Dye will be inducted into the College Football Hall of Fame in December. He was nominated by the Auburn Chapter of the group.

Trey Johnston, who is chairman of the local chapter, says, "I think we all know what Coach Pat Dye meant to Auburn football when he arrived at Auburn. I don't believe we would be where we are today without his rebuilding of a once-great Auburn program. I think Auburn people will always be indebted to Coach Dye for what he did for Auburn."

The Auburn chapter's other recent nominees who have made the hall of fame include wide receiver Terry Beasley, running back Bo Jackson and defensive lineman Tracy Rocker.

Johnston says he believes Auburn is still under-represented in the College Football Hall of Fame and the chapter is working on nominating other players such as Jackie Burkett, Jimmy "Red" Phillips, Ken Rice, Zeke Smith and Ed Dyas.

Johnston says Auburn fans interesting in joining the chapter can send at check for $40 to the chapter in care of Johnston & Malone, P.O. Box 3190, Auburn, AL 36831 or they can contact him at the J&M bookstore downtown next to Toomer's Corner.
Hall of Famers Jackson and Rocker played for Dye at Auburn, who coached a long list of outstanding college players such as Bob Harris, Lionel James, Dowe Aughtman, David King, Doug Smith, David Jordan, Donnie Humphrey, Greg Carr, Jeff Lott, Gerald Robinson, Ben Thomas, Lewis Colbert, Harold Hallman, Tom Powell, Ben Tamburello, Steve Wallace, Gerald Williams, Aundray Bruce, Kurt Crain, Brent Fullwood, Stacy Searels, Jeff Burger, Win Lyle, Walter Reeves, Kevin Porter, Carlo Cheatom, Stacy Danley, Jeff Burger, Quentin Riggins, Benji Roland, Brian Shulman, Reggie Slack, Ron Stallworth, Jim Thompson, John Hudson, Ed King, David Rocker, Rob Selby, John Wiley, Bob Meeks, James Bostic, Scott Etheridge, James Willis and many others.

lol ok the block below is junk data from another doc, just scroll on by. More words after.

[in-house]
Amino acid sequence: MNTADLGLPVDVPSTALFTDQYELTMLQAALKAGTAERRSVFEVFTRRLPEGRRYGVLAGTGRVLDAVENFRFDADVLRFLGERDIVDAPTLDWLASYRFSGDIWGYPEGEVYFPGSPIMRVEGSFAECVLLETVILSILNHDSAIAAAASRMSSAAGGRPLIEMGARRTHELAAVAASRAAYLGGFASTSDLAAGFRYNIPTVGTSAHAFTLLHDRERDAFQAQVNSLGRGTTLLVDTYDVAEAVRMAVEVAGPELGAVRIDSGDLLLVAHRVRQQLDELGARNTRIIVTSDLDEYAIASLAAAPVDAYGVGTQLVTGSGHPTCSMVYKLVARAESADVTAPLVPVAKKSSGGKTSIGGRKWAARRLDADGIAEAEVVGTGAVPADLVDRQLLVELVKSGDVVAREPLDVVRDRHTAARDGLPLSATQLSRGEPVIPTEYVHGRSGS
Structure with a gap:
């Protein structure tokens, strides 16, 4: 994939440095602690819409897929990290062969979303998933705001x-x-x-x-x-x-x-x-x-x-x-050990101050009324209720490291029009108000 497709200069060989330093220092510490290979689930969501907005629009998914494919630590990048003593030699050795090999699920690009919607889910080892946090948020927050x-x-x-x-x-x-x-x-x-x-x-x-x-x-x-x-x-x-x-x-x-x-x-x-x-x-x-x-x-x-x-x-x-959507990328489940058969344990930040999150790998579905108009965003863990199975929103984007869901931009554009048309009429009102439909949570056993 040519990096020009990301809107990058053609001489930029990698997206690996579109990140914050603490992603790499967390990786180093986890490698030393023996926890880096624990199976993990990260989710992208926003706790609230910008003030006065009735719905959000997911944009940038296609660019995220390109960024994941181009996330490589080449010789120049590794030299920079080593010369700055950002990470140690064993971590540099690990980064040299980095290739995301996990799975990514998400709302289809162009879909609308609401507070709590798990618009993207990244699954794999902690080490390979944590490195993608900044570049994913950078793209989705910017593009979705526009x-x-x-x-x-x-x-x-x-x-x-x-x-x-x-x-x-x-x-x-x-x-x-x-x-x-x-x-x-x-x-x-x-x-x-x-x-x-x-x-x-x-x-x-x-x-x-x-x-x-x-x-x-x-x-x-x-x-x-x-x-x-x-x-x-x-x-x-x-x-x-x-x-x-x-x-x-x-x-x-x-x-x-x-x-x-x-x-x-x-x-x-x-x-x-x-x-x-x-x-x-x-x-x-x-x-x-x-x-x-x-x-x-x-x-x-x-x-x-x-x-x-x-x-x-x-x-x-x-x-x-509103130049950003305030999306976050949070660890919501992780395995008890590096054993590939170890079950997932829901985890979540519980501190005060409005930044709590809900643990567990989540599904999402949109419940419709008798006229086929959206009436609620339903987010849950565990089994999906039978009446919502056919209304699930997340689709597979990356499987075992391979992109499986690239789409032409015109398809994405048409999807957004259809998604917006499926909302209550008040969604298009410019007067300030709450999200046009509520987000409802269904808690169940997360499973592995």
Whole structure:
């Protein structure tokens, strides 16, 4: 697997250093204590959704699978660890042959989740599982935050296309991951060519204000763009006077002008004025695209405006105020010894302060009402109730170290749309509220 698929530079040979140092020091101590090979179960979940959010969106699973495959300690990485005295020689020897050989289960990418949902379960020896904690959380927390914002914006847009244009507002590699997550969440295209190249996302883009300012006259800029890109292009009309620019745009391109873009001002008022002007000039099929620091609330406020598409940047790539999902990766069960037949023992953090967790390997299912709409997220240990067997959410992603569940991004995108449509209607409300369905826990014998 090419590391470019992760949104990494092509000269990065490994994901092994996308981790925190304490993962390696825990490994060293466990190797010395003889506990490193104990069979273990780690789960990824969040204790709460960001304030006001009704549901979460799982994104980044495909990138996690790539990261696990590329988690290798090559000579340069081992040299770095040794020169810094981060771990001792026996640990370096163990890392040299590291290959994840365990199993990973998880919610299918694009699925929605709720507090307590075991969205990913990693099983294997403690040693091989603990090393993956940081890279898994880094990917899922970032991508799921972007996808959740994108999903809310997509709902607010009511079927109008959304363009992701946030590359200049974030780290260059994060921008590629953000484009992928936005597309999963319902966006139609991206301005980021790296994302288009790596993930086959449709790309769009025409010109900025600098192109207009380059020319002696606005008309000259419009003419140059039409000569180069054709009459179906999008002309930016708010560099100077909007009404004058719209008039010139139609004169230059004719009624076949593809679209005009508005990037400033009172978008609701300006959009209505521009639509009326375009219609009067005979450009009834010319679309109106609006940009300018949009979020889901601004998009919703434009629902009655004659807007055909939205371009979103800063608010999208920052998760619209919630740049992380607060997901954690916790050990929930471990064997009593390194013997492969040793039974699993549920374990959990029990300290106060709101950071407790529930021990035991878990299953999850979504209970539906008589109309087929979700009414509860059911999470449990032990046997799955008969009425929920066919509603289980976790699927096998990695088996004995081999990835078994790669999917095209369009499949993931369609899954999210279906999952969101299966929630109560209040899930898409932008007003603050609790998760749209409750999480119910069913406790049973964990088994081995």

Dye is the fourth Auburn coach to be selected for the College Hall of Fame, which is located on the campus of Notre Dame. John W. Heisman, Mike Donahue and Ralph "Shug" Jordan are members along with Jimmy Hitchcock, Walter Gilbert, Pat Sullivan, Tucker Frederickson, Jackson, Beasley and Rocker.

Jackson says, "I credit Coach Dye with all of my on and off the field accolades. He taught me how to be a man."

Dye was a three-time honoree as SEC Coach of the Year and won the 1983 National Coach of the Year title. He is one of just seven coaches to have coached a Heisman Trophy winner (Jackson) and an Outland Trophy winner (Rocker).

Joining Dye for the 2005 class are Coach Don Nehlen of West Virginia and players Cornelius Bennett of Alabama, Tom Curtis of Michigan, Anthony Davis of Southern California, Keith Dorney of Penn State, Jim Houston of Ohio State, John Huarte of Notre Dame, Roosevelt Leaks of Texas, Mark May of Pittsburgh, Joe Washington of Oklahoma, Paul Wiggin of Stanford and David Williams of Illinois.